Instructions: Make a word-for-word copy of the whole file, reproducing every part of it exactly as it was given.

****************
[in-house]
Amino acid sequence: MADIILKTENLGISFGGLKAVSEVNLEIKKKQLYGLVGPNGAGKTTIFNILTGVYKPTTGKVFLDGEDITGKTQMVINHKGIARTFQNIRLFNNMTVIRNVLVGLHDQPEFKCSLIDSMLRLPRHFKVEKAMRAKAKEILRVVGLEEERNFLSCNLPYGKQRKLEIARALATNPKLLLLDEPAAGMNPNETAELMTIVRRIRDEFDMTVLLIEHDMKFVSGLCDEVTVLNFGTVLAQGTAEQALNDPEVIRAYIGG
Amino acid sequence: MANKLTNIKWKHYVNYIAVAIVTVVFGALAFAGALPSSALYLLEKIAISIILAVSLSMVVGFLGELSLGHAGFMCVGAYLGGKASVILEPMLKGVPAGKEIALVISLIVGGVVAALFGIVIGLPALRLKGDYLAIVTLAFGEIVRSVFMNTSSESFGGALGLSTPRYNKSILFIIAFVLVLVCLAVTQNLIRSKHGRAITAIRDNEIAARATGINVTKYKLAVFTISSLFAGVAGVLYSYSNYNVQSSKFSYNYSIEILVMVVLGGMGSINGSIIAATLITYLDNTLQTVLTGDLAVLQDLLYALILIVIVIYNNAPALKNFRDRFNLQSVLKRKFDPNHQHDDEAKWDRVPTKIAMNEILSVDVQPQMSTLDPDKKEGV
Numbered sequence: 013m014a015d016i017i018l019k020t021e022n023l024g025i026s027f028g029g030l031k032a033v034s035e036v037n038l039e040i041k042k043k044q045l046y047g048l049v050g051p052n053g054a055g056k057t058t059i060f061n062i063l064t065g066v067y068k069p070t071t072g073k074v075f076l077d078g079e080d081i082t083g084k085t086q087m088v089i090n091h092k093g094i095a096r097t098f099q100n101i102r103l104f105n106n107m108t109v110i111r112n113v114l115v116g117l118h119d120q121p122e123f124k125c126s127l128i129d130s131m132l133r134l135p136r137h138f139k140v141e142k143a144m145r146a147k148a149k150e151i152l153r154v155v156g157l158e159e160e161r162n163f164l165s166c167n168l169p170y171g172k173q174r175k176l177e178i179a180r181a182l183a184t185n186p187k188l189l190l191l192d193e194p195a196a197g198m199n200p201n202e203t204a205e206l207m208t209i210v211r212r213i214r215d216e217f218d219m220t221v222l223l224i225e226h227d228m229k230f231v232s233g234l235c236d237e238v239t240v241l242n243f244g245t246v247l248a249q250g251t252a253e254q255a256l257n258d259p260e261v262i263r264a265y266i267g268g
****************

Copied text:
[in-house]
Amino acid sequence: MADIILKTENLGISFGGLKAVSEVNLEIKKKQLYGLVGPNGAGKTTIFNILTGVYKPTTGKVFLDGEDITGKTQMVINHKGIARTFQNIRLFNNMTVIRNVLVGLHDQPEFKCSLIDSMLRLPRHFKVEKAMRAKAKEILRVVGLEEERNFLSCNLPYGKQRKLEIARALATNPKLLLLDEPAAGMNPNETAELMTIVRRIRDEFDMTVLLIEHDMKFVSGLCDEVTVLNFGTVLAQGTAEQALNDPEVIRAYIGG
Amino acid sequence: MANKLTNIKWKHYVNYIAVAIVTVVFGALAFAGALPSSALYLLEKIAISIILAVSLSMVVGFLGELSLGHAGFMCVGAYLGGKASVILEPMLKGVPAGKEIALVISLIVGGVVAALFGIVIGLPALRLKGDYLAIVTLAFGEIVRSVFMNTSSESFGGALGLSTPRYNKSILFIIAFVLVLVCLAVTQNLIRSKHGRAITAIRDNEIAARATGINVTKYKLAVFTISSLFAGVAGVLYSYSNYNVQSSKFSYNYSIEILVMVVLGGMGSINGSIIAATLITYLDNTLQTVLTGDLAVLQDLLYALILIVIVIYNNAPALKNFRDRFNLQSVLKRKFDPNHQHDDEAKWDRVPTKIAMNEILSVDVQPQMSTLDPDKKEGV
Numbered sequence: 013m014a015d016i017i018l019k020t021e022n023l024g025i026s027f028g029g030l031k032a033v034s035e036v037n038l039e040i041k042k043k044q045l046y047g048l049v050g051p052n053g054a055g056k057t058t059i060f061n062i063l064t065g066v067y068k069p070t071t072g073k074v075f076l077d078g079e080d081i082t083g084k085t086q087m088v089i090n091h092k093g094i095a096r097t098f099q100n101i102r103l104f105n106n107m108t109v110i111r112n113v114l115v116g117l118h119d120q121p122e123f124k125c126s127l128i129d130s131m132l133r134l135p136r137h138f139k140v141e142k143a144m145r146a147k148a149k150e151i152l153r154v155v156g157l158e159e160e161r162n163f164l165s166c167n168l169p170y171g172k173q174r175k176l177e178i179a180r181a182l183a184t185n186p187k188l189l190l191l192d193e194p195a196a197g198m199n200p201n202e203t204a205e206l207m208t209i210v211r212r213i214r215d216e217f218d219m220t221v222l223l224i225e226h227d228m229k230f231v232s233g234l235c236d237e238v239t240v241l242n243f244g245t246v247l248a249q250g251t252a253e254q255a256l257n258d259p260e261v262i263r264a265y266i267g268g